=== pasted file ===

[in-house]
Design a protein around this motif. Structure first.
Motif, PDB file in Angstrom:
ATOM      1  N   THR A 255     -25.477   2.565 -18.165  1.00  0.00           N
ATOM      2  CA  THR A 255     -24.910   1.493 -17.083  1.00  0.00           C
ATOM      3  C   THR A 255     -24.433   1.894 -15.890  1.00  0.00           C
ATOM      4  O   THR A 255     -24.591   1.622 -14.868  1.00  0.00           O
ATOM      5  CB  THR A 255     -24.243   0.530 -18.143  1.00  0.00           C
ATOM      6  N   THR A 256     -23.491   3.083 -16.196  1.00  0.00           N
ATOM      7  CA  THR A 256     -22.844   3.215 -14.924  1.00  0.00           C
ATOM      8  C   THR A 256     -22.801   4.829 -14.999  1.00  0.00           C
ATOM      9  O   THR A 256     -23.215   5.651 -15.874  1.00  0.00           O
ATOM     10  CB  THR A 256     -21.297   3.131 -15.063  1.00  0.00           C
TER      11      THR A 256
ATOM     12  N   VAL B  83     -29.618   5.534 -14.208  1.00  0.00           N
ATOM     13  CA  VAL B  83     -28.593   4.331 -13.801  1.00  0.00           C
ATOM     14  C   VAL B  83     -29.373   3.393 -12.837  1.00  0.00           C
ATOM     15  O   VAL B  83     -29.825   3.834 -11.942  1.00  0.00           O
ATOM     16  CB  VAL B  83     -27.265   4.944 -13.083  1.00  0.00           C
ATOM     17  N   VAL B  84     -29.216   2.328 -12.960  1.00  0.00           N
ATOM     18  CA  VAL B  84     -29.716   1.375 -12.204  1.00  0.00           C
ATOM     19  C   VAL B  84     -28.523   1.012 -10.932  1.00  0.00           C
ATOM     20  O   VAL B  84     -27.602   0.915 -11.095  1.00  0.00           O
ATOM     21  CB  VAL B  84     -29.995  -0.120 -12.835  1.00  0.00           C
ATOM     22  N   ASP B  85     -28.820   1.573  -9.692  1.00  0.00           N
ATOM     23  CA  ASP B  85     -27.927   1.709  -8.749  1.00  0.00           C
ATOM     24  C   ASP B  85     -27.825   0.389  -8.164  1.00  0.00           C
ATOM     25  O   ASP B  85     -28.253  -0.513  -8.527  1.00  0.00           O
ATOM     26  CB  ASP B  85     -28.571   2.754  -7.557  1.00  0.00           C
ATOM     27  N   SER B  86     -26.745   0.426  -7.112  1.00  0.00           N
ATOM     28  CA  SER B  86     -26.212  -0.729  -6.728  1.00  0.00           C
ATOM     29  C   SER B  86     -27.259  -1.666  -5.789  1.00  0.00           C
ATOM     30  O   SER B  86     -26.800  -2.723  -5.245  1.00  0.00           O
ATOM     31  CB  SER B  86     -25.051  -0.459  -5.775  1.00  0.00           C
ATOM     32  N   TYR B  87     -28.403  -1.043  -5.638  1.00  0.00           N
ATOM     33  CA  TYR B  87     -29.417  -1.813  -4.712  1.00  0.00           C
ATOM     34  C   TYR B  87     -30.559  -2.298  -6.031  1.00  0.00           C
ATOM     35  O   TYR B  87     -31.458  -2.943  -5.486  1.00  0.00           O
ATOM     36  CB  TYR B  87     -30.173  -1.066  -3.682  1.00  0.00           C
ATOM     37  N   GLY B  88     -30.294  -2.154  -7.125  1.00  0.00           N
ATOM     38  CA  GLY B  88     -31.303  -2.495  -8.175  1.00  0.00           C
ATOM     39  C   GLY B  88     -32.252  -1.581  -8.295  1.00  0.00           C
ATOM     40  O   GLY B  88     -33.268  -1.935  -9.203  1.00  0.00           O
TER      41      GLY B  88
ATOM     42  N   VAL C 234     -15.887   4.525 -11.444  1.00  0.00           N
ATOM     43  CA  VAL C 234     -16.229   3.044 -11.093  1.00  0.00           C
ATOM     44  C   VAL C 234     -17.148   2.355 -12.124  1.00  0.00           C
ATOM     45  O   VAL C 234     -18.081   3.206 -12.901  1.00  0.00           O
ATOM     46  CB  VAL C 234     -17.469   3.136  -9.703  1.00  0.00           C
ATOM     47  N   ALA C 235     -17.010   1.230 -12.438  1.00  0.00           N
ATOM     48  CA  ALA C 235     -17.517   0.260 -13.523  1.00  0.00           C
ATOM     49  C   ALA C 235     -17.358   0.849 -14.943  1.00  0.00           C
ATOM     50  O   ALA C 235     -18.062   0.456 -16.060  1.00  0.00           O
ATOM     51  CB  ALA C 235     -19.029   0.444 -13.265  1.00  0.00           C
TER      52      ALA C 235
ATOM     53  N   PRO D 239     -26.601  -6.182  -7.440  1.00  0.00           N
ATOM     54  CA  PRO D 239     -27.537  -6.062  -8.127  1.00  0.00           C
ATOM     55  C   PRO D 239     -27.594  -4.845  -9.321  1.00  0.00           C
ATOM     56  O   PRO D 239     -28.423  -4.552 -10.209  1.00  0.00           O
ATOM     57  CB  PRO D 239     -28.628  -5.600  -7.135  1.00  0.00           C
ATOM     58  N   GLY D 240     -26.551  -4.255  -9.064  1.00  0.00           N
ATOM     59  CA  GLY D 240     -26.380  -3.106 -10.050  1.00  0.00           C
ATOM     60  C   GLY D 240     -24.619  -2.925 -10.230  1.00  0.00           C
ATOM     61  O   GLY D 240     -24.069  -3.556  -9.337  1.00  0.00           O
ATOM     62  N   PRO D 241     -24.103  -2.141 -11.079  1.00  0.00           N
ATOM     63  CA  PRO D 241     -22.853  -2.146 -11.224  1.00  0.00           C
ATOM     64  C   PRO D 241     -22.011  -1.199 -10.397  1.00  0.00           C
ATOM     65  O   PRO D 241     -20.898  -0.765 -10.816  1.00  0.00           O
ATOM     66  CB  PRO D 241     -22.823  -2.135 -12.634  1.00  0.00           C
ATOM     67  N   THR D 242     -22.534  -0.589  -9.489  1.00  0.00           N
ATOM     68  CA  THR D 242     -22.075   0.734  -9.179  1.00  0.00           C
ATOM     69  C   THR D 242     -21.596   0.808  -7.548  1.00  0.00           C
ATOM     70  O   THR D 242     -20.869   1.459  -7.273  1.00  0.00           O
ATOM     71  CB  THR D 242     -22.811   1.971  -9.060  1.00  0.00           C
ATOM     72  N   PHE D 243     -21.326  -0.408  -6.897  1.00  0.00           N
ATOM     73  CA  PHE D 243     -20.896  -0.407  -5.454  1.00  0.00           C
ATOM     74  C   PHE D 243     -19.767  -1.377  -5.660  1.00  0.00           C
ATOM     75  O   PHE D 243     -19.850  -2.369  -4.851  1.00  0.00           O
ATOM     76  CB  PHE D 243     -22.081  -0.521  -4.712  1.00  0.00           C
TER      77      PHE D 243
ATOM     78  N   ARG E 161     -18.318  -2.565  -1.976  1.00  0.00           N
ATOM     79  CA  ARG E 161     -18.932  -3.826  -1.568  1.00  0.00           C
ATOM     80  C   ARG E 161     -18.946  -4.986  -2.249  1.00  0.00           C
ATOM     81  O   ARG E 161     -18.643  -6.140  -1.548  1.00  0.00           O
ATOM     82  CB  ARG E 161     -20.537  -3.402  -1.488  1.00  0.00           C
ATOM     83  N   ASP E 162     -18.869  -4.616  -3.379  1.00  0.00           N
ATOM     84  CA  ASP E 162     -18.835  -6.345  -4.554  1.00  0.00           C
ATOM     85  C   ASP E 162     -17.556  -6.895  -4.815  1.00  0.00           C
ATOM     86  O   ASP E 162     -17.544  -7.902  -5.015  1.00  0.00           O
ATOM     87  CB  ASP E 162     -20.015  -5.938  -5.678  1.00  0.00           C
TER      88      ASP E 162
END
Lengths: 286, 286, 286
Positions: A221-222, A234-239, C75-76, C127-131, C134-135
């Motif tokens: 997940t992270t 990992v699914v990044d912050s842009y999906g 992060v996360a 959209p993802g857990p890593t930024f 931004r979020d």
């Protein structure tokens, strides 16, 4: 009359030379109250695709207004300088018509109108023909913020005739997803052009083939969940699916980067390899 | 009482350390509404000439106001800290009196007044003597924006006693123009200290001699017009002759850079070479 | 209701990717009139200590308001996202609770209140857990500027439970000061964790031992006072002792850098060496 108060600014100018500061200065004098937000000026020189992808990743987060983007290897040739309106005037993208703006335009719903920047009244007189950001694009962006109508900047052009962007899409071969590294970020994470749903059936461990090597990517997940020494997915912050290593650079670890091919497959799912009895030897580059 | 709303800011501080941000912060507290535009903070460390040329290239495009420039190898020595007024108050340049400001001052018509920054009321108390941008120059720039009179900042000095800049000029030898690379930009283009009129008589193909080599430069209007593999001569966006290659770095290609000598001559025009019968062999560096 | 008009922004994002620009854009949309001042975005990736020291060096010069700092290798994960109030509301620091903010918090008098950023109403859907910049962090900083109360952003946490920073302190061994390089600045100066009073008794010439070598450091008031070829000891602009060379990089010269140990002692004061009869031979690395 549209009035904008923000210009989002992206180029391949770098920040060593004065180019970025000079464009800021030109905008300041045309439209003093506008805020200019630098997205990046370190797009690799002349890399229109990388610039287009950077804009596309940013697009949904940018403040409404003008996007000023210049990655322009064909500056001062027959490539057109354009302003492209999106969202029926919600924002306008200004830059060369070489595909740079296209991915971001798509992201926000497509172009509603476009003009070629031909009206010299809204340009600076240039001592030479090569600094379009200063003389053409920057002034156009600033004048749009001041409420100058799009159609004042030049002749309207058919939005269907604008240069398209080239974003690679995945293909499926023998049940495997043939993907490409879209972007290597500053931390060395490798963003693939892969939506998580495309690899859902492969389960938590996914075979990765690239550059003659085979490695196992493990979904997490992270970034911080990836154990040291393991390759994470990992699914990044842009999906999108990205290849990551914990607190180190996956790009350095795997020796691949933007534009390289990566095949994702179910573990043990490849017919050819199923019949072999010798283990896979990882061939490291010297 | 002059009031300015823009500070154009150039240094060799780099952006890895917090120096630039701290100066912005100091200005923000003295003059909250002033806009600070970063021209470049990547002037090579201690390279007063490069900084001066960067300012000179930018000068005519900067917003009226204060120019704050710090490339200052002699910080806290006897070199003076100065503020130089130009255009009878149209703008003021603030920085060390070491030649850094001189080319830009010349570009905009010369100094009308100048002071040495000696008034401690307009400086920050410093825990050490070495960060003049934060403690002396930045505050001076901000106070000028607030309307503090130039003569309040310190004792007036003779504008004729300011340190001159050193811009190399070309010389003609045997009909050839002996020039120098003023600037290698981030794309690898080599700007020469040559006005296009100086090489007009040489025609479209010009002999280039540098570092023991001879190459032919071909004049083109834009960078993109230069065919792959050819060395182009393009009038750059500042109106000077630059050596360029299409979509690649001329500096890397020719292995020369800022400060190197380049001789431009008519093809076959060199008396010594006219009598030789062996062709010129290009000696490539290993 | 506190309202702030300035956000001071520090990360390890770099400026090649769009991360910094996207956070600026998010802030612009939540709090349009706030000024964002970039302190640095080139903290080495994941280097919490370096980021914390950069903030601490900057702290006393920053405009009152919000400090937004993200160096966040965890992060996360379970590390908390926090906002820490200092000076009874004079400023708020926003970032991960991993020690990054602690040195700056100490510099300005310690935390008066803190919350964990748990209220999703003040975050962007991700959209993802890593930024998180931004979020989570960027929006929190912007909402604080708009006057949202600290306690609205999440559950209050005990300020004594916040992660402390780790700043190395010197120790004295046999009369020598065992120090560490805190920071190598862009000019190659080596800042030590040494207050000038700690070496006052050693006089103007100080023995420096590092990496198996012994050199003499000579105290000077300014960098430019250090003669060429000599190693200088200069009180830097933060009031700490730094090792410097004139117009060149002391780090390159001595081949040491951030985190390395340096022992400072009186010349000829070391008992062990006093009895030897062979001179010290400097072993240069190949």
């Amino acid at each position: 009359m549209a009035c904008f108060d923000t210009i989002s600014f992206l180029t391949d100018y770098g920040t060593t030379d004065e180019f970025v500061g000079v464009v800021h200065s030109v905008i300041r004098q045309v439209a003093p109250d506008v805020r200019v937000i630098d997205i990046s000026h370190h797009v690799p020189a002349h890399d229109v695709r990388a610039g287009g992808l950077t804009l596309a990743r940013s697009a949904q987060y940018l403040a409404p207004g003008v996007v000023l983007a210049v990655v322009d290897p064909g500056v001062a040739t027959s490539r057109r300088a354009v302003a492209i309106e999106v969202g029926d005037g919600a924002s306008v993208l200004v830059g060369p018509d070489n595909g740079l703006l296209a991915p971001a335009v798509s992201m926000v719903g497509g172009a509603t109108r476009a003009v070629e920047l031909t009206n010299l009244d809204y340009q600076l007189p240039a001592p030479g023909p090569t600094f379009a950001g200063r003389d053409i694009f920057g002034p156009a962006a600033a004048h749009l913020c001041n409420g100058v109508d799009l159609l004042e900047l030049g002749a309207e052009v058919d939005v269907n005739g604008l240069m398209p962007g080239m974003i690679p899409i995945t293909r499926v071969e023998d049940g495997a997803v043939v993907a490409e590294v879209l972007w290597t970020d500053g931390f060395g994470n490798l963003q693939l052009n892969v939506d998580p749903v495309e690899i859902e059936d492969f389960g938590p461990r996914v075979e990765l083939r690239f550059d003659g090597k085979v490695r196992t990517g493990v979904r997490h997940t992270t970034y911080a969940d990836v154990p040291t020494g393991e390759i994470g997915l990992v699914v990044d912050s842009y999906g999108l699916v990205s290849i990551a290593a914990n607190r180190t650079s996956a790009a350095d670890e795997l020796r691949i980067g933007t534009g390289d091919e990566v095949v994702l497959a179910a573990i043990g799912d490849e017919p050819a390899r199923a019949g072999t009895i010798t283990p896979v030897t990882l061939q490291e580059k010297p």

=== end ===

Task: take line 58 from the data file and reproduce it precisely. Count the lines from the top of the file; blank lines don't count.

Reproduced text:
ATOM     55  C   PRO D 239     -27.594  -4.845  -9.321  1.00  0.00           C